An inter-generational playgroup is bringing joy to the lives of a group of senior citizens and their preschool friends.
Once a week at SummitCare Wallsend the aches and pains of old age are forgotten when a group of children under five drop in with their parents for a session of games, songs, craft activities and the occasional bit of silliness, designed to help the generations connect and find their way to friendship and understanding.
SummitCare Wallsend general manager Robyn Blackwell said the program, known as Youngsters at the Summit, has been running for almost two years.
It has been well received by the community and has a range of benefits for young and old alike.
She said the regular interaction helped reduce depression in the residents of the aged care facility and gave them more of a sense of connection to the community.
Ms Blackwell said the effect on the senior citizens' mental health was obvious, both before, during and after the playgroup sessions. "Their sense of anticipation and joy when the playgroup arrives is wonderful to see," Ms Blackwell said.
"And clinically - as we always seem to view the world in aged care - you can see that when residents are giggling with a child, or making up stories, or watching them play, they are breathing better, happier and more motivated to move about in order to interact with the kids. We see the sense of familiarity with holding, playing with and enjoying the babies, as well as the playfulness and engagement that our residents have with the older children."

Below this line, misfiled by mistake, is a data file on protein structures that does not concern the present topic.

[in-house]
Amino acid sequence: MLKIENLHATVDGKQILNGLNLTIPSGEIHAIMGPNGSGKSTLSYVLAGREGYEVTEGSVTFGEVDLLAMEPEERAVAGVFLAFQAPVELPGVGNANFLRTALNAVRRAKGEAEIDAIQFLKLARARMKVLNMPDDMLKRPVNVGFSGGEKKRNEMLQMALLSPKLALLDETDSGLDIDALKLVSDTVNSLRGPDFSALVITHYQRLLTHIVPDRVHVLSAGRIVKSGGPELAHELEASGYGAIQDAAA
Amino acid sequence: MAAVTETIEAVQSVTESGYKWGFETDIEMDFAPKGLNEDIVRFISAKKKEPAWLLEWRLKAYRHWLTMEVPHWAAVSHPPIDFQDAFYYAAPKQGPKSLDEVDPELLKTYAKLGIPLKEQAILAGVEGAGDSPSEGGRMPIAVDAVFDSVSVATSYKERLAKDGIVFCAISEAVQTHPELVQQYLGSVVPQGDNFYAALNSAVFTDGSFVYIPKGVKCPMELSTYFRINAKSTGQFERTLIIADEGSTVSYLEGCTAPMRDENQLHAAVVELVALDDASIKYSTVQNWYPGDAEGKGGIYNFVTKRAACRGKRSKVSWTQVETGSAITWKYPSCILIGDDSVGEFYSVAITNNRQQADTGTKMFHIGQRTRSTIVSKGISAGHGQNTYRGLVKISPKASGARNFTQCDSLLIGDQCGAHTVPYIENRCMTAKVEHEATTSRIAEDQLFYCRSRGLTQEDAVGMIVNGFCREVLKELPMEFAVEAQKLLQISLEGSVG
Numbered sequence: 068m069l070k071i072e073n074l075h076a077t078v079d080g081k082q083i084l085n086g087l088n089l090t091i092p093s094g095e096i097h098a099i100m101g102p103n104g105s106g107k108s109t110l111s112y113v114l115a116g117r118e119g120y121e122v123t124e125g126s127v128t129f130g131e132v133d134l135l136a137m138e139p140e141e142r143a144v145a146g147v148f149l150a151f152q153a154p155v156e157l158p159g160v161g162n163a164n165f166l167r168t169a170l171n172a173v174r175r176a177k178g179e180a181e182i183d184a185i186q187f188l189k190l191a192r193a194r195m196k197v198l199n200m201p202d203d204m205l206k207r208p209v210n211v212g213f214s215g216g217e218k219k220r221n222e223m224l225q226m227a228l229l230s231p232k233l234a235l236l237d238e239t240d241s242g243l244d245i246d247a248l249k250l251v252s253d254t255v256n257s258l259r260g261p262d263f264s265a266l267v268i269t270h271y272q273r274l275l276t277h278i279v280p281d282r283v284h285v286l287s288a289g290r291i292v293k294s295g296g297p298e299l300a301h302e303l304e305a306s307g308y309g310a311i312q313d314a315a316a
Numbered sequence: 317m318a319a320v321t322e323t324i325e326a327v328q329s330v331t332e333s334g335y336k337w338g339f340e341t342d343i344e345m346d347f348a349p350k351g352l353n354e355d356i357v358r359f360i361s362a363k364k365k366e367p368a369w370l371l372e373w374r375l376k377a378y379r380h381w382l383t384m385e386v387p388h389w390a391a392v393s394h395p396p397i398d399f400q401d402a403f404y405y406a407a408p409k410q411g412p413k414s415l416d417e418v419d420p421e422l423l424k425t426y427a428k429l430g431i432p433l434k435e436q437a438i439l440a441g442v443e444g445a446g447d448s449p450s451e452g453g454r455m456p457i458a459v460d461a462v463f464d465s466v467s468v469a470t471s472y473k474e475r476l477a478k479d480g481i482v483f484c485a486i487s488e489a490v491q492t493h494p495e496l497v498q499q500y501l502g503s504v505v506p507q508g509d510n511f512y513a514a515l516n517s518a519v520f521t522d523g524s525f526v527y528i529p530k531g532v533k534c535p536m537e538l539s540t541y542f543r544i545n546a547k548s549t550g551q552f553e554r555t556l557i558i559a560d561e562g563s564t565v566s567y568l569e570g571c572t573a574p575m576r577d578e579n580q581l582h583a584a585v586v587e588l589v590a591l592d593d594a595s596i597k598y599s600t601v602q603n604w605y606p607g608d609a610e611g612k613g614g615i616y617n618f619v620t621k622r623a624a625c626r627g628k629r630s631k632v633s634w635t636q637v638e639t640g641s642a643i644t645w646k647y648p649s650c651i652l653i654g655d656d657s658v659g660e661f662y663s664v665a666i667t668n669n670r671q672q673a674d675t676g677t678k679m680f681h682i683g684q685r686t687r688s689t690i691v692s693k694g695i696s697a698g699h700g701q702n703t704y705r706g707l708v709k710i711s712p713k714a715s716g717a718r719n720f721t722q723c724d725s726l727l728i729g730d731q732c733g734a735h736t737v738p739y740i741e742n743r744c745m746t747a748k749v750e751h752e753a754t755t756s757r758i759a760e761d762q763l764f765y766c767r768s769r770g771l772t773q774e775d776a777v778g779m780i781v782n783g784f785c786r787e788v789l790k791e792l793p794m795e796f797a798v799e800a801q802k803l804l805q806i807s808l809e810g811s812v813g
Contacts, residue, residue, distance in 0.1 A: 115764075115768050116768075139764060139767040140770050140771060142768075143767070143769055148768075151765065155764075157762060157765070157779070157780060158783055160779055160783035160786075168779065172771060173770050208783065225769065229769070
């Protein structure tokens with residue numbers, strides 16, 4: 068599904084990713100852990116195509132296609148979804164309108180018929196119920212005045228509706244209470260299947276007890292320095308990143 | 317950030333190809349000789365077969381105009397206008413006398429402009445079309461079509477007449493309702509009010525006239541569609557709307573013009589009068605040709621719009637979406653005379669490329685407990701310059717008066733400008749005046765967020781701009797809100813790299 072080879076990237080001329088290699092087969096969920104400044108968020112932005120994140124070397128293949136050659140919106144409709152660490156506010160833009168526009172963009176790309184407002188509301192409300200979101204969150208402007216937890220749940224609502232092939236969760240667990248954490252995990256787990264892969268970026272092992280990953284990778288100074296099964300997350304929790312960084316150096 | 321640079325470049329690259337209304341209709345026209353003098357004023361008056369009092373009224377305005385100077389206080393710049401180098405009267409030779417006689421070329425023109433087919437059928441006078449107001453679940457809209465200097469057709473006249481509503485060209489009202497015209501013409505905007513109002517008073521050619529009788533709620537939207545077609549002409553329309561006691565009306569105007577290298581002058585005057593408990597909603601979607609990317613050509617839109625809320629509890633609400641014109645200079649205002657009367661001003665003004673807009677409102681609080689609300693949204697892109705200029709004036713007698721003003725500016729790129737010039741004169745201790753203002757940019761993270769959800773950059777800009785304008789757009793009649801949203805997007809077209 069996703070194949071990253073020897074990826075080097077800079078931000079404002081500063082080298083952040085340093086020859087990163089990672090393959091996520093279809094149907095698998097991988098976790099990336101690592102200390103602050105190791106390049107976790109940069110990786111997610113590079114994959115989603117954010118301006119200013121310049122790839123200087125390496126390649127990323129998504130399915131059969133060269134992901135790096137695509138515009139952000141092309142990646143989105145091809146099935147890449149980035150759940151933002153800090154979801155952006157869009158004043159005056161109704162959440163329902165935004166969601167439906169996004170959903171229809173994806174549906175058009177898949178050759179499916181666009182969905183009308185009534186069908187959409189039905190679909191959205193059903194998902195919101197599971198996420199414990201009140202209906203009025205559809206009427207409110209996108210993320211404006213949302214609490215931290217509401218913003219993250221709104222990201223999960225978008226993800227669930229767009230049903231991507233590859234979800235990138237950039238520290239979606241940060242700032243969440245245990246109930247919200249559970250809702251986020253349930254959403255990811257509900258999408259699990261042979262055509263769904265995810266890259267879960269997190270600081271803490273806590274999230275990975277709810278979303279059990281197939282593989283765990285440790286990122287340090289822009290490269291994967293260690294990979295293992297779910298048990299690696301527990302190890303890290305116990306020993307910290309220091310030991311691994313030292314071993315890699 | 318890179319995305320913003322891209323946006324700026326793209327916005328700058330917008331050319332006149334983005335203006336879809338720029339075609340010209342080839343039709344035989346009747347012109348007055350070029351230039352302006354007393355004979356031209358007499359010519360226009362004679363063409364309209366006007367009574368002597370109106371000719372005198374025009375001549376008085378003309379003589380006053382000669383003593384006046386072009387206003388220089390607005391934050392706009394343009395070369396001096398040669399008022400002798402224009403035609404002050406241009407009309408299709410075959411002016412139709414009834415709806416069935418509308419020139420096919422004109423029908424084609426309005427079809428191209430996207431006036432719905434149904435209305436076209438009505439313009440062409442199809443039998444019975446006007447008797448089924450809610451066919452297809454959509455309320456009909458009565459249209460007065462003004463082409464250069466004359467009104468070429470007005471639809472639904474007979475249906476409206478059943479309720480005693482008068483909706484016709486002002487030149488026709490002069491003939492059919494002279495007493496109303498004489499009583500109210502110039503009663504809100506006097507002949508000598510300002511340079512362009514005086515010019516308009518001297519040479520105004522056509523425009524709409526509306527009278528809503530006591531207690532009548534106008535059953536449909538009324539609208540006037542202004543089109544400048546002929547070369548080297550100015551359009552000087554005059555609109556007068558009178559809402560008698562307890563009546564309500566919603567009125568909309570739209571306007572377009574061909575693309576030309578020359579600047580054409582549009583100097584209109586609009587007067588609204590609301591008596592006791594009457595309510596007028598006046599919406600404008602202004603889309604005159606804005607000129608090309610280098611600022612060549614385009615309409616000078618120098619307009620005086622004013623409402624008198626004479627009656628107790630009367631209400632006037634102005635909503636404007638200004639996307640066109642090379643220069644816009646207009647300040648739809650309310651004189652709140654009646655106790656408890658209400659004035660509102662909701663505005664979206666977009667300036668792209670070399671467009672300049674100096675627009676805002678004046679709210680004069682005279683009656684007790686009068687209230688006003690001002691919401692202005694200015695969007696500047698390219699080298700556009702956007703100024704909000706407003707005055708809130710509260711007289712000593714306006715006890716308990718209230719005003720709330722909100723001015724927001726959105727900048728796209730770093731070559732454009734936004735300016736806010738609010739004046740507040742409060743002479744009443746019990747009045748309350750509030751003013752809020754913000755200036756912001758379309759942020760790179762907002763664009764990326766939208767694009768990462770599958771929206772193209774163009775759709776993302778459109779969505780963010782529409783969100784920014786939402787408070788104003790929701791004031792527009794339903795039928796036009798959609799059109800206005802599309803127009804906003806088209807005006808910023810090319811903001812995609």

Ms Blackwell said both the youngsters and the parents also benefited from the interaction.
"The children learn lots from residents and the fact that it is a playgroup means that mums, and sometimes dads, help residents hear the little ones' questions or queries," she said.
The children, in turn, thrive in this nurturing environment, knowing that a parent is close by, and enjoying the fact there are people doting on their every move and delighting in their play.
"The children help motivate residents to move and help them recall and reminisce in a way that has a huge impact," Ms Blackwell said.
"Parents also get a chance not only to meet and support one another, as in a typical playgroup, but also to learn from the residents and develop bonds with them. Everyone wins!"
Ms Blackwell said one success story of the program had come from a playgroup mum who was a talented photographer. She was asked to document the centre's recent 10th birthday party and her images were so well received that it has given her the confidence to pursue a career in photography.